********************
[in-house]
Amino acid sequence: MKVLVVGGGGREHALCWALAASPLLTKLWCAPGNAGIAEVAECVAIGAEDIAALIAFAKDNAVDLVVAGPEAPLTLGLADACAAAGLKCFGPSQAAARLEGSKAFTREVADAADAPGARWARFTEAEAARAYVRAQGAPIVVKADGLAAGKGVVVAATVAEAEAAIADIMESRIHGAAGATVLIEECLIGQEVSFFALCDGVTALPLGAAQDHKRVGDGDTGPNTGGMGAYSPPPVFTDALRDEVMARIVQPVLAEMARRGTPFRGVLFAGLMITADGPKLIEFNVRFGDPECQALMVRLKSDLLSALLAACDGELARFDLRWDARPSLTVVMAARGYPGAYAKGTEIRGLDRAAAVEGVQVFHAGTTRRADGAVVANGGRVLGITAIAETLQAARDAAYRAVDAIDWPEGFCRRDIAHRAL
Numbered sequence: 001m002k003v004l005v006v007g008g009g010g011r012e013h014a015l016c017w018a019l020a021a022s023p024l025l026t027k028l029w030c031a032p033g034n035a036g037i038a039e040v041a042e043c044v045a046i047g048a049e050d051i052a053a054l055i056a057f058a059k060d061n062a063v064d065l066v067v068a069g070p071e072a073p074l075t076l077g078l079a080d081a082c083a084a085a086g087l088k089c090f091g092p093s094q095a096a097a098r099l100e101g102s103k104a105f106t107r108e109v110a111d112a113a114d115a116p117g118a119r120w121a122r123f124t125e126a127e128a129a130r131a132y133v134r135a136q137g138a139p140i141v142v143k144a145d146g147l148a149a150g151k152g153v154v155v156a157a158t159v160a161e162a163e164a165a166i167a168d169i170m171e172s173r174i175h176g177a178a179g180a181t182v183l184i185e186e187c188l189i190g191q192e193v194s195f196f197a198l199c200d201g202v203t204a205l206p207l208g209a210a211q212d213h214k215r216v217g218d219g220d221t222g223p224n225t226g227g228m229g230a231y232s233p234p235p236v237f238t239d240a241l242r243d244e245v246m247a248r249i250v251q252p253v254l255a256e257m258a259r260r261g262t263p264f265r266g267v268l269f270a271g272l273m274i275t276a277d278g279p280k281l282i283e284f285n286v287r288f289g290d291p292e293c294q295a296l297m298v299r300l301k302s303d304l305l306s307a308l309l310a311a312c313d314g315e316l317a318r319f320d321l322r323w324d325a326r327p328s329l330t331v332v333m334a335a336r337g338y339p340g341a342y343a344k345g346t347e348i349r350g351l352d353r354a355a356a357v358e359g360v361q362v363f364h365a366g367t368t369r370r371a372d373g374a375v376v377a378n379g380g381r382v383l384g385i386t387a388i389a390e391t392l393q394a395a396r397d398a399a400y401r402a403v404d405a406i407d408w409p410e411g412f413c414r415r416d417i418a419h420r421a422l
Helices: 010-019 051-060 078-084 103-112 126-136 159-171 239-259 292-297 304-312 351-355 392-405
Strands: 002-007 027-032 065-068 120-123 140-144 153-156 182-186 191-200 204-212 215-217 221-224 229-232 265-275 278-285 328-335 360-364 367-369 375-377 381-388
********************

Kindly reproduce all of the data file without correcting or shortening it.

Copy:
[in-house]
Amino acid sequence: MKVLVVGGGGREHALCWALAASPLLTKLWCAPGNAGIAEVAECVAIGAEDIAALIAFAKDNAVDLVVAGPEAPLTLGLADACAAAGLKCFGPSQAAARLEGSKAFTREVADAADAPGARWARFTEAEAARAYVRAQGAPIVVKADGLAAGKGVVVAATVAEAEAAIADIMESRIHGAAGATVLIEECLIGQEVSFFALCDGVTALPLGAAQDHKRVGDGDTGPNTGGMGAYSPPPVFTDALRDEVMARIVQPVLAEMARRGTPFRGVLFAGLMITADGPKLIEFNVRFGDPECQALMVRLKSDLLSALLAACDGELARFDLRWDARPSLTVVMAARGYPGAYAKGTEIRGLDRAAAVEGVQVFHAGTTRRADGAVVANGGRVLGITAIAETLQAARDAAYRAVDAIDWPEGFCRRDIAHRAL
Numbered sequence: 001m002k003v004l005v006v007g008g009g010g011r012e013h014a015l016c017w018a019l020a021a022s023p024l025l026t027k028l029w030c031a032p033g034n035a036g037i038a039e040v041a042e043c044v045a046i047g048a049e050d051i052a053a054l055i056a057f058a059k060d061n062a063v064d065l066v067v068a069g070p071e072a073p074l075t076l077g078l079a080d081a082c083a084a085a086g087l088k089c090f091g092p093s094q095a096a097a098r099l100e101g102s103k104a105f106t107r108e109v110a111d112a113a114d115a116p117g118a119r120w121a122r123f124t125e126a127e128a129a130r131a132y133v134r135a136q137g138a139p140i141v142v143k144a145d146g147l148a149a150g151k152g153v154v155v156a157a158t159v160a161e162a163e164a165a166i167a168d169i170m171e172s173r174i175h176g177a178a179g180a181t182v183l184i185e186e187c188l189i190g191q192e193v194s195f196f197a198l199c200d201g202v203t204a205l206p207l208g209a210a211q212d213h214k215r216v217g218d219g220d221t222g223p224n225t226g227g228m229g230a231y232s233p234p235p236v237f238t239d240a241l242r243d244e245v246m247a248r249i250v251q252p253v254l255a256e257m258a259r260r261g262t263p264f265r266g267v268l269f270a271g272l273m274i275t276a277d278g279p280k281l282i283e284f285n286v287r288f289g290d291p292e293c294q295a296l297m298v299r300l301k302s303d304l305l306s307a308l309l310a311a312c313d314g315e316l317a318r319f320d321l322r323w324d325a326r327p328s329l330t331v332v333m334a335a336r337g338y339p340g341a342y343a344k345g346t347e348i349r350g351l352d353r354a355a356a357v358e359g360v361q362v363f364h365a366g367t368t369r370r371a372d373g374a375v376v377a378n379g380g381r382v383l384g385i386t387a388i389a390e391t392l393q394a395a396r397d398a399a400y401r402a403v404d405a406i407d408w409p410e411g412f413c414r415r416d417i418a419h420r421a422l
Helices: 010-019 051-060 078-084 103-112 126-136 159-171 239-259 292-297 304-312 351-355 392-405
Strands: 002-007 027-032 065-068 120-123 140-144 153-156 182-186 191-200 204-212 215-217 221-224 229-232 265-275 278-285 328-335 360-364 367-369 375-377 381-388